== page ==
Geoff Mangum introduces his PuttingZone system. Geoff is widely recognised as one of the best putting coaches and authorities on putting in the world.
In general, with only the rarest of exceptions and then only in the most limited ways, golf teachers, golf psychs, and motor sports experts know nothing about "putting neuroscience." There are a number of reasons for this, including:
4. lack of knowledge of putting skills
5. lack of knowledge of neuroscience
6. inability to apply neuroscience to putting skills
And yet, "putting neuroscience" is unquestionably the most important science for understanding and teaching the "Indian, not the Arrow" and for the Indian's performing skillfully with the "know-how".
Accordingly, people who display little or no interest or facility in applying neuroscience to putting skills cannot claim with much persuasive force to be labelled "putting instructors."
So, how difficult is it to be a "putting instructor" in the sense of studying and understanding and teaching how the Indian actually functions in performing putting skills? A little, hence the absence of a crowd at the "putting instructor" stall.
That's correct: the NORMAL pattern of the brain is to skip away from the last thing attended to in favor of subsequent "foraging" for the next opportunity. That's not good golf. So, apparently, there is an innate "habit" of the brain enshrined in the IOR. What to do? More research would be a good plan.
The "exogenous" orienting is how the brain "codes" the object in terms of its seating in the external environment, not in terms of body-only processes such as the aim of the eyeballs or the direction the face aims over the trunk. This sort of out-there coding allows the coding to operate even when the eye or body changes location or even when the object itself moves. Okay, the golf hole doesn't move, so that part doesn't apply to our problem.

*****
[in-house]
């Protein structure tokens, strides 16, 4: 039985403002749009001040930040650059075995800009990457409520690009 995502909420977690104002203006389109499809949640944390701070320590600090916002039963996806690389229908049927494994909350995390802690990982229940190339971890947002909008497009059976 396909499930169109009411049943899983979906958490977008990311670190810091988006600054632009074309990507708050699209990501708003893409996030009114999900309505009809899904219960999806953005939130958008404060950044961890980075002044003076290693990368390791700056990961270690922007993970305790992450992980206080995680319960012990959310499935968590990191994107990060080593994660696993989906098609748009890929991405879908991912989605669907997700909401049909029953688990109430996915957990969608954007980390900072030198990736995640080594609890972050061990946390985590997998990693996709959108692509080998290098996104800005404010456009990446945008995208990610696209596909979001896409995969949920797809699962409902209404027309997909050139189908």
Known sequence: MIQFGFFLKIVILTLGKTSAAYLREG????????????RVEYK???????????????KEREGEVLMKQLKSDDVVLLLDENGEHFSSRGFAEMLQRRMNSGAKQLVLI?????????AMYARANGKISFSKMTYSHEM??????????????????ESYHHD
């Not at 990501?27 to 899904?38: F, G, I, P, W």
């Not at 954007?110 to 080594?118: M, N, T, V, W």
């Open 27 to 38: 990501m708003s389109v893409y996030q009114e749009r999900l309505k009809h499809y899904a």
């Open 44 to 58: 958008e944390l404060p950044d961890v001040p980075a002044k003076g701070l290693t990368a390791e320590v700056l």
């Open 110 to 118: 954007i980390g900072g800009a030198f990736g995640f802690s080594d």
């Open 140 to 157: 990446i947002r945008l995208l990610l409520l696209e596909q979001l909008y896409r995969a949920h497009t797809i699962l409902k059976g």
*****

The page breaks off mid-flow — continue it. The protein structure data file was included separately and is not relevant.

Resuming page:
The "endogenous" orienting is "top-down" internal control of the IOR. That sounds useful for our application. How to enhance IOR control? Less foraging, more reluctance to disengage attention with the hole as location to use. More knowledge of what is relevant to the task of the putt, less ignorance and complacence about these relevant aspects. Better eye usage to "pay attention" to the relevant cues and aspects of the space of the hole to be used appropriately with the putted ball.
Here are some task-relevant facts and actions for the "putting instructor" to study, understand, and teach and then for the golfer-player to understand, practice, and perform skillfully:
Perception of the green surface conditions that affect the read, such as flatness or contouring shapes, tilt direction, tilt steepness, and green friction or green speed;
Perception of ball speed over the course of various length putts and especially the terminal speed at and near the hole for capture;
Perception of ball-capture trajectories into the cup representing good and effective delivery speeds or otherwise;
Perception of ball speed in misses wherein the ball continues past the hole but is subject to the frictional slowing and stopping of the green so that different patterns of roll-out past the hole are appreciated for whether they are good or bad, safe or dangerous;
Perception of the combination of green slope and green speed and appreciation of what that means for the terminal velocity pattern of the ball nearing and arriving at the hole;
Putting Coach and Theorist
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